Now I know that starting my business all those years ago and building this flexible structure that I appreciate so very much wasn’t nearly as pivotal then as it is now. It’s now that I want to pick them up and listen to the tales from their day. It’s now that I want to meet the friends they are having play dates with and their moms and their dads. It’s now that I want to be there when Google turns up something alarmingly inappropriate and someone needs to explain.

It’s now that it’s harder. And more beautiful. And more fulfilling.

I know not everyone can work from home or be there every afternoon or supervise every play date. I know it’s not realistic for most. And that’s ok. In fact, that can be great. We all do what we can. As long as you are thinking about how you want to spend the time you do have with them as they grow into this next phase of life. How you can make your life as flexible as possible to allow room for parenting. Before work, after work, during work.

Think about that.

Start conversations. Hang out with them. Put down your phone. Or use it to call them to check in rather than sending a quick text. Listen to their voices for signs of fear, sadness, insecurity, excitement. Meet their friends. Meet the parents. Ask questions. Answer questions. Choose free time as a family over an overwhelming schedule of activities. Volunteer at school when you can. Volunteer in life when you can’t do it at school. Scroll through screens. Check in. Check out…together.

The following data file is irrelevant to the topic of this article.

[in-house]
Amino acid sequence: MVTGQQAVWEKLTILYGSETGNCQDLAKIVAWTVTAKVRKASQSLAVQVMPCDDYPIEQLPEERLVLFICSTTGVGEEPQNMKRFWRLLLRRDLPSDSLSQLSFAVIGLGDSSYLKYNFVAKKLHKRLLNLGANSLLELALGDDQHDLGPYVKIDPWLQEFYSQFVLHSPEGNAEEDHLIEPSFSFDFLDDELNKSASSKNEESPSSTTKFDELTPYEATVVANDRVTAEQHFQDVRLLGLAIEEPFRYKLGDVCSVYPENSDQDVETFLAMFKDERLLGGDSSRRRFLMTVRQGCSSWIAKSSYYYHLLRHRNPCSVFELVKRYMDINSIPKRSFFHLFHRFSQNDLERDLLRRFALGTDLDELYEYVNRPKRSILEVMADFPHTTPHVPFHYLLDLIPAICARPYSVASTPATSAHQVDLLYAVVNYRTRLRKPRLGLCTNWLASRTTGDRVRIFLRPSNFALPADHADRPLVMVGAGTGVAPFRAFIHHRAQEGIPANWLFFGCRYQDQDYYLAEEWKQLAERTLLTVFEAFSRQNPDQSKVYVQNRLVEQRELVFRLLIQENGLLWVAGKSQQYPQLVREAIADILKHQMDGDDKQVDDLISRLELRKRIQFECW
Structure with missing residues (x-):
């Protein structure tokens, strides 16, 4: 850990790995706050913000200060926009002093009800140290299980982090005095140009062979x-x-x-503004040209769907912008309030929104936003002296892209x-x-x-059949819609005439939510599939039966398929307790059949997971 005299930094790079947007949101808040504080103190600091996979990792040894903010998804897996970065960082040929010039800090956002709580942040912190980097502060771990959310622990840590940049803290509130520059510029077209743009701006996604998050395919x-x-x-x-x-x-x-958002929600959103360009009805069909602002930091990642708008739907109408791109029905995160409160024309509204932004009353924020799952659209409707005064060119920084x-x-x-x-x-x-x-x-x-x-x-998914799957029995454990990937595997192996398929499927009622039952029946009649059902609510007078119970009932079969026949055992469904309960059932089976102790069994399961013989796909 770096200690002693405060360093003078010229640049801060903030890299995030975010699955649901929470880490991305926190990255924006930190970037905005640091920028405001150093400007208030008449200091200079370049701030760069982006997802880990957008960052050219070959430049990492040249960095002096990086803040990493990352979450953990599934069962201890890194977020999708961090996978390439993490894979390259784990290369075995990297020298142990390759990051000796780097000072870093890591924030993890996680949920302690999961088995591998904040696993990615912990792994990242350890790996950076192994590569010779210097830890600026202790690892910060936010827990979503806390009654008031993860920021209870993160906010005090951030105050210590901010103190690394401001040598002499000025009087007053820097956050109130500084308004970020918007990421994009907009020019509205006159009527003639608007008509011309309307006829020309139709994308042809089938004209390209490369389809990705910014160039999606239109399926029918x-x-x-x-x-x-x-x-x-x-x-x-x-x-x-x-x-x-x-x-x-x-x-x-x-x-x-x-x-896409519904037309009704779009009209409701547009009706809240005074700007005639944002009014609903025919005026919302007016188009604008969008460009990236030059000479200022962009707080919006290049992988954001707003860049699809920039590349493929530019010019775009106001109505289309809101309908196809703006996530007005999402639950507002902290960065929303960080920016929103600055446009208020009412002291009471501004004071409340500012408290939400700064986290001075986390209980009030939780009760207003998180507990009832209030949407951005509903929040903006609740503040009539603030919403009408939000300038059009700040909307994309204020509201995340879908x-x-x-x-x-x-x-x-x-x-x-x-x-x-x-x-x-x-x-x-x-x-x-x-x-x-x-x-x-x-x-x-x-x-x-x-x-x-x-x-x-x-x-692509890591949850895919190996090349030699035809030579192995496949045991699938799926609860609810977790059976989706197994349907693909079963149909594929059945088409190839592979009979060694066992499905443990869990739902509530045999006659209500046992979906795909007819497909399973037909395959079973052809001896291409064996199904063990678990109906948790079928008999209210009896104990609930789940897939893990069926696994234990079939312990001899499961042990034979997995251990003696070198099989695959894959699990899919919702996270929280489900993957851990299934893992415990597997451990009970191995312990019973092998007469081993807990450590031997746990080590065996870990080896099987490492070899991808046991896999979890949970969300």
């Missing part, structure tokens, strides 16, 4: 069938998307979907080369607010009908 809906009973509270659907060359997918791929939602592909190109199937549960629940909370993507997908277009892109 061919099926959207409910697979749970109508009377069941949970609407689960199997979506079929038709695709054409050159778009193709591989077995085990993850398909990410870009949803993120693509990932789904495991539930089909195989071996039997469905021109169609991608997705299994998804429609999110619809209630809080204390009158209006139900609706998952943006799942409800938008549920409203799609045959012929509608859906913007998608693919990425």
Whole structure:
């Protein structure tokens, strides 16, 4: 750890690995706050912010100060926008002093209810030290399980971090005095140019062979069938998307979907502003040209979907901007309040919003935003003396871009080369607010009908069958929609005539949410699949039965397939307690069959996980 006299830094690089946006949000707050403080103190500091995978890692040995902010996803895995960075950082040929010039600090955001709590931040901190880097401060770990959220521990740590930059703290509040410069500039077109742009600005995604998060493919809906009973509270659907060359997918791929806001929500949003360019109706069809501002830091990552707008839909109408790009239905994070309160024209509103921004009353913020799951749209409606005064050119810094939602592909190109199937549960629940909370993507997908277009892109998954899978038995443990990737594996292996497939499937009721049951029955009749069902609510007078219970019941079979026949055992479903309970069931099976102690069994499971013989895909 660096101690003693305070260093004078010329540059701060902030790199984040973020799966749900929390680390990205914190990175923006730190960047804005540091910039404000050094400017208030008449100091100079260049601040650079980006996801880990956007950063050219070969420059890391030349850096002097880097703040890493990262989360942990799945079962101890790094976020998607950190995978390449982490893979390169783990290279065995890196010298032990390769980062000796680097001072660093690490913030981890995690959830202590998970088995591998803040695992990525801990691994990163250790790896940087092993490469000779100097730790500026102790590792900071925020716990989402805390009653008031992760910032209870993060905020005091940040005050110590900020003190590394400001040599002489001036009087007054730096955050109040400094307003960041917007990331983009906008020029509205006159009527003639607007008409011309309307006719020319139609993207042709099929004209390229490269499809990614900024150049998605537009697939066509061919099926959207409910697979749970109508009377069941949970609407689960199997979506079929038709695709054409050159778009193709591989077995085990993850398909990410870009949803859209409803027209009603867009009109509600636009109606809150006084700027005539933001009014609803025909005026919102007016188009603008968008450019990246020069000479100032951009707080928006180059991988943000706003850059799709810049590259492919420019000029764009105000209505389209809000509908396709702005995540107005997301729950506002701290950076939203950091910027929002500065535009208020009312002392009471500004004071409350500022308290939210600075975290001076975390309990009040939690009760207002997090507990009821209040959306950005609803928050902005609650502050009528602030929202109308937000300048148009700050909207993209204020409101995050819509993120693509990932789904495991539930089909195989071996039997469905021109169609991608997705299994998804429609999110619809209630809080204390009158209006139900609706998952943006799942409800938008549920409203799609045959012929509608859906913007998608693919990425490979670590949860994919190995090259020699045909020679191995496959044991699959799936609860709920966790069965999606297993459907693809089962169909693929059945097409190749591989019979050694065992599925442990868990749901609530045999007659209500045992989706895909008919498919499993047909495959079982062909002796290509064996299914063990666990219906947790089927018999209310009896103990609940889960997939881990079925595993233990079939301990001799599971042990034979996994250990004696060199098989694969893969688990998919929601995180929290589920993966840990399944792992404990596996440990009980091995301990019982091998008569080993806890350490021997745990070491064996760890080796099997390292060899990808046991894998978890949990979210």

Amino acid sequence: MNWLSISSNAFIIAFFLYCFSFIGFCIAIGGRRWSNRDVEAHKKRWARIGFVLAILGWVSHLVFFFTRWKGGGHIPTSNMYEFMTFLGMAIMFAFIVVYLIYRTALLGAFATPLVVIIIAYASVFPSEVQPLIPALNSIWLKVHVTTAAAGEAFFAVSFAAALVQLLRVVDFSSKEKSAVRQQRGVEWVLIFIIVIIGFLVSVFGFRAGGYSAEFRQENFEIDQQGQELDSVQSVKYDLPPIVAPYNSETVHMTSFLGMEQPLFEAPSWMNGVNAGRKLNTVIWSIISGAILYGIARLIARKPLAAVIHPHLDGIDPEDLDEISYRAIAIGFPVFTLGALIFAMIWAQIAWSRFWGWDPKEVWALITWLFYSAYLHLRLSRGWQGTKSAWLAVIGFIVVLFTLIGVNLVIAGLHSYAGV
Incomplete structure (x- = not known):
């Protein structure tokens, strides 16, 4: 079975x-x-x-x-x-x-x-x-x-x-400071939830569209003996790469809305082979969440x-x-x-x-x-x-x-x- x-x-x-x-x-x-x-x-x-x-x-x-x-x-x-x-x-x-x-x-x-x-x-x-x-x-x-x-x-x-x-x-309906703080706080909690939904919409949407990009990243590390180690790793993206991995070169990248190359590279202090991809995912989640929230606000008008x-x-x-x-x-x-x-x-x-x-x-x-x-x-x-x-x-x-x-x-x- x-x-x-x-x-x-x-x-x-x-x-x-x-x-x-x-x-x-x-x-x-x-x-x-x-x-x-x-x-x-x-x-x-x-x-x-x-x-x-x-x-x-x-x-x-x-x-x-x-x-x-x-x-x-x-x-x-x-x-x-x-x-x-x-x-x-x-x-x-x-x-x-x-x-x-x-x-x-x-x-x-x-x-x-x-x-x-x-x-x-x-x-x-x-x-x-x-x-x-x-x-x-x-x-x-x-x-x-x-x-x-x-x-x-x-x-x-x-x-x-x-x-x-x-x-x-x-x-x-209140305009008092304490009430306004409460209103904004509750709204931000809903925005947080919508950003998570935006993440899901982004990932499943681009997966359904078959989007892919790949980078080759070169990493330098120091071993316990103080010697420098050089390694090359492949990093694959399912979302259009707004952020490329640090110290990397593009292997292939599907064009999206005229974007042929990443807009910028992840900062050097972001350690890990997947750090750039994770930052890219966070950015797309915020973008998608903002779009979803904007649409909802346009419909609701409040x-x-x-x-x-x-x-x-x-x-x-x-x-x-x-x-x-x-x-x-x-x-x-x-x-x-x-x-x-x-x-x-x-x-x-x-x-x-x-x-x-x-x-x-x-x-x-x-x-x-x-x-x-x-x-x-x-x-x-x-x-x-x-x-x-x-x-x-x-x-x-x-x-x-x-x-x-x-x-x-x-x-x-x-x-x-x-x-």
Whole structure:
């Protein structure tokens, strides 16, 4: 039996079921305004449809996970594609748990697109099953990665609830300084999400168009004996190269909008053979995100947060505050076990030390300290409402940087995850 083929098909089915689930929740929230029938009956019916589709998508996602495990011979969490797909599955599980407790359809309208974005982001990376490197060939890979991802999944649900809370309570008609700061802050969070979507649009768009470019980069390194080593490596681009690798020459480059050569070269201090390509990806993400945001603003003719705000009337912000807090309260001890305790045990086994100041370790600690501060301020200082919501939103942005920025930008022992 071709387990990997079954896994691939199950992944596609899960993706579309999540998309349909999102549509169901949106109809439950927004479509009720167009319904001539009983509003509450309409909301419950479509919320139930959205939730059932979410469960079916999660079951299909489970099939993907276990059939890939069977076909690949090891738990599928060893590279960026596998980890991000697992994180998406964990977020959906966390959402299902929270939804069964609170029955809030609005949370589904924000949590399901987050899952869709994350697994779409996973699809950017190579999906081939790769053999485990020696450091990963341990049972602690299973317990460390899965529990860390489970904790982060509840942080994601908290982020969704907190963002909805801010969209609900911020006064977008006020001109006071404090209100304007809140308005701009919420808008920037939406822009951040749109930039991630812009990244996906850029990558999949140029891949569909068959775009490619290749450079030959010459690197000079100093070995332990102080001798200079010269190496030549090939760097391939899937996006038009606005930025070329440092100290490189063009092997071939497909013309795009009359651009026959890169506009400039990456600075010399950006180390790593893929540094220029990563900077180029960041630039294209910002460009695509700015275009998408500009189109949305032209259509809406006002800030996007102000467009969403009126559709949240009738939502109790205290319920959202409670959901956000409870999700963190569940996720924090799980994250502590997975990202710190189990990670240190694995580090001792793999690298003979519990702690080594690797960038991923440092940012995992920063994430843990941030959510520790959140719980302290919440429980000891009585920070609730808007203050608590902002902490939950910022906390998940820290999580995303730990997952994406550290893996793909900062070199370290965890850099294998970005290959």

It’s more important than the homemade baby food, I promise. Even more important than those early milestones. These next few years are filled with the steps that will actually take them somewhere. And you’re going to want to be alongside them all the way.